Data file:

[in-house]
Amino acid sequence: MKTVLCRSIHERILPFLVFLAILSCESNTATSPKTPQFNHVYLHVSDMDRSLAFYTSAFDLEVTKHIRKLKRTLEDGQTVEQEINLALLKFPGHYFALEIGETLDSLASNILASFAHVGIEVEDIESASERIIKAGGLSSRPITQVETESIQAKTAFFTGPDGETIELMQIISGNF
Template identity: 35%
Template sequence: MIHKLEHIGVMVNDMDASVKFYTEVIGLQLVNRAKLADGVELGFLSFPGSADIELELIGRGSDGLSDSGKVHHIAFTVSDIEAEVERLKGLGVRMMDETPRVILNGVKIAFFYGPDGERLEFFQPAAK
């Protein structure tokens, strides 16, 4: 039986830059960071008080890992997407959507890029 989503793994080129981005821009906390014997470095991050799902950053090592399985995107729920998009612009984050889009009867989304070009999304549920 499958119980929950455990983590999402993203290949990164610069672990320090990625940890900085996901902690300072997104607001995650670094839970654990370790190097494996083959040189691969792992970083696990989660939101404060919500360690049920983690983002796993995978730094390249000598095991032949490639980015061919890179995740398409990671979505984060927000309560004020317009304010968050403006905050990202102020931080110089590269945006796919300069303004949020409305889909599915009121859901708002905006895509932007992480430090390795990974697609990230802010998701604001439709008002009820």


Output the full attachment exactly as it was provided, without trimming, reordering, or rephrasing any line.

[in-house]
Amino acid sequence: MKTVLCRSIHERILPFLVFLAILSCESNTATSPKTPQFNHVYLHVSDMDRSLAFYTSAFDLEVTKHIRKLKRTLEDGQTVEQEINLALLKFPGHYFALEIGETLDSLASNILASFAHVGIEVEDIESASERIIKAGGLSSRPITQVETESIQAKTAFFTGPDGETIELMQIISGNF
Template identity: 35%
Template sequence: MIHKLEHIGVMVNDMDASVKFYTEVIGLQLVNRAKLADGVELGFLSFPGSADIELELIGRGSDGLSDSGKVHHIAFTVSDIEAEVERLKGLGVRMMDETPRVILNGVKIAFFYGPDGERLEFFQPAAK
């Protein structure tokens, strides 16, 4: 039986830059960071008080890992997407959507890029 989503793994080129981005821009906390014997470095991050799902950053090592399985995107729920998009612009984050889009009867989304070009999304549920 499958119980929950455990983590999402993203290949990164610069672990320090990625940890900085996901902690300072997104607001995650670094839970654990370790190097494996083959040189691969792992970083696990989660939101404060919500360690049920983690983002796993995978730094390249000598095991032949490639980015061919890179995740398409990671979505984060927000309560004020317009304010968050403006905050990202102020931080110089590269945006796919300069303004949020409305889909599915009121859901708002905006895509932007992480430090390795990974697609990230802010998701604001439709008002009820």